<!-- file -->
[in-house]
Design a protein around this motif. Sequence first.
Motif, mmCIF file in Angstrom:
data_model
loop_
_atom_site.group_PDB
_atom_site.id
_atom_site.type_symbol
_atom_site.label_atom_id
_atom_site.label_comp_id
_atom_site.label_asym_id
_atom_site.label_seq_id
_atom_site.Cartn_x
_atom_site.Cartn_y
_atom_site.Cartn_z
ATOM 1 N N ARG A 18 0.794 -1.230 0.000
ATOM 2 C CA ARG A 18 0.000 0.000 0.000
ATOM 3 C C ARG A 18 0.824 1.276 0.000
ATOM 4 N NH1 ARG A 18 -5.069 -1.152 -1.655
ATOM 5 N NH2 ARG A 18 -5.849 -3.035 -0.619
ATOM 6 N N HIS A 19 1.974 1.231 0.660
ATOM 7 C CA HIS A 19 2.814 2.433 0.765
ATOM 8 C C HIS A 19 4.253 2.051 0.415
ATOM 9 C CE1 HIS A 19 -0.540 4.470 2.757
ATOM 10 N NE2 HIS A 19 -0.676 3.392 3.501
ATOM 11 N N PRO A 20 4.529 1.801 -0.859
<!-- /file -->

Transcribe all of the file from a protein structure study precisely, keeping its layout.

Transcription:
[in-house]
Design a protein around this motif. Sequence first.
Motif, mmCIF file in Angstrom:
data_model
loop_
_atom_site.group_PDB
_atom_site.id
_atom_site.type_symbol
_atom_site.label_atom_id
_atom_site.label_comp_id
_atom_site.label_asym_id
_atom_site.label_seq_id
_atom_site.Cartn_x
_atom_site.Cartn_y
_atom_site.Cartn_z
ATOM 1 N N ARG A 18 0.794 -1.230 0.000
ATOM 2 C CA ARG A 18 0.000 0.000 0.000
ATOM 3 C C ARG A 18 0.824 1.276 0.000
ATOM 4 N NH1 ARG A 18 -5.069 -1.152 -1.655
ATOM 5 N NH2 ARG A 18 -5.849 -3.035 -0.619
ATOM 6 N N HIS A 19 1.974 1.231 0.660
ATOM 7 C CA HIS A 19 2.814 2.433 0.765
ATOM 8 C C HIS A 19 4.253 2.051 0.415
ATOM 9 C CE1 HIS A 19 -0.540 4.470 2.757
ATOM 10 N NE2 HIS A 19 -0.676 3.392 3.501
ATOM 11 N N PRO A 20 4.529 1.801 -0.859